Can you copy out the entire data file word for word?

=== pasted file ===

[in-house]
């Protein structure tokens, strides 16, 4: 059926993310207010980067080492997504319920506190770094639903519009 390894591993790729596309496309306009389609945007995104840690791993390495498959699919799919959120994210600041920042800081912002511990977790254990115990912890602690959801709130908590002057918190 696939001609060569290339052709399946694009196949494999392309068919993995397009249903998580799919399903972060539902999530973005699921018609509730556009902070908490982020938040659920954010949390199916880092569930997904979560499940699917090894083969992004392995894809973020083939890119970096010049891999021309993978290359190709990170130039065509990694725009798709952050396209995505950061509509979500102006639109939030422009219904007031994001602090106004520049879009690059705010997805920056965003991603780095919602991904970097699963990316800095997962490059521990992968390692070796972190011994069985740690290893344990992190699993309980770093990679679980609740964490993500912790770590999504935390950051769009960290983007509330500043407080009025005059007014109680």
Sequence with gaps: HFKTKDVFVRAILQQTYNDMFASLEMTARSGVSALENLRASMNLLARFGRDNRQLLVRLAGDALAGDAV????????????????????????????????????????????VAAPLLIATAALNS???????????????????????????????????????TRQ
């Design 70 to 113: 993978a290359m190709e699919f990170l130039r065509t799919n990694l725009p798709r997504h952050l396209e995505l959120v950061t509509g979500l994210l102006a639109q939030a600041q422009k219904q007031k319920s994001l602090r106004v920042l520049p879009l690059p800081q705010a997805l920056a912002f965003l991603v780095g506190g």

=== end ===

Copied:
[in-house]
């Protein structure tokens, strides 16, 4: 059926993310207010980067080492997504319920506190770094639903519009 390894591993790729596309496309306009389609945007995104840690791993390495498959699919799919959120994210600041920042800081912002511990977790254990115990912890602690959801709130908590002057918190 696939001609060569290339052709399946694009196949494999392309068919993995397009249903998580799919399903972060539902999530973005699921018609509730556009902070908490982020938040659920954010949390199916880092569930997904979560499940699917090894083969992004392995894809973020083939890119970096010049891999021309993978290359190709990170130039065509990694725009798709952050396209995505950061509509979500102006639109939030422009219904007031994001602090106004520049879009690059705010997805920056965003991603780095919602991904970097699963990316800095997962490059521990992968390692070796972190011994069985740690290893344990992190699993309980770093990679679980609740964490993500912790770590999504935390950051769009960290983007509330500043407080009025005059007014109680």
Sequence with gaps: HFKTKDVFVRAILQQTYNDMFASLEMTARSGVSALENLRASMNLLARFGRDNRQLLVRLAGDALAGDAV????????????????????????????????????????????VAAPLLIATAALNS???????????????????????????????????????TRQ
């Design 70 to 113: 993978a290359m190709e699919f990170l130039r065509t799919n990694l725009p798709r997504h952050l396209e995505l959120v950061t509509g979500l994210l102006a639109q939030a600041q422009k219904q007031k319920s994001l602090r106004v920042l520049p879009l690059p800081q705010a997805l920056a912002f965003l991603v780095g506190g």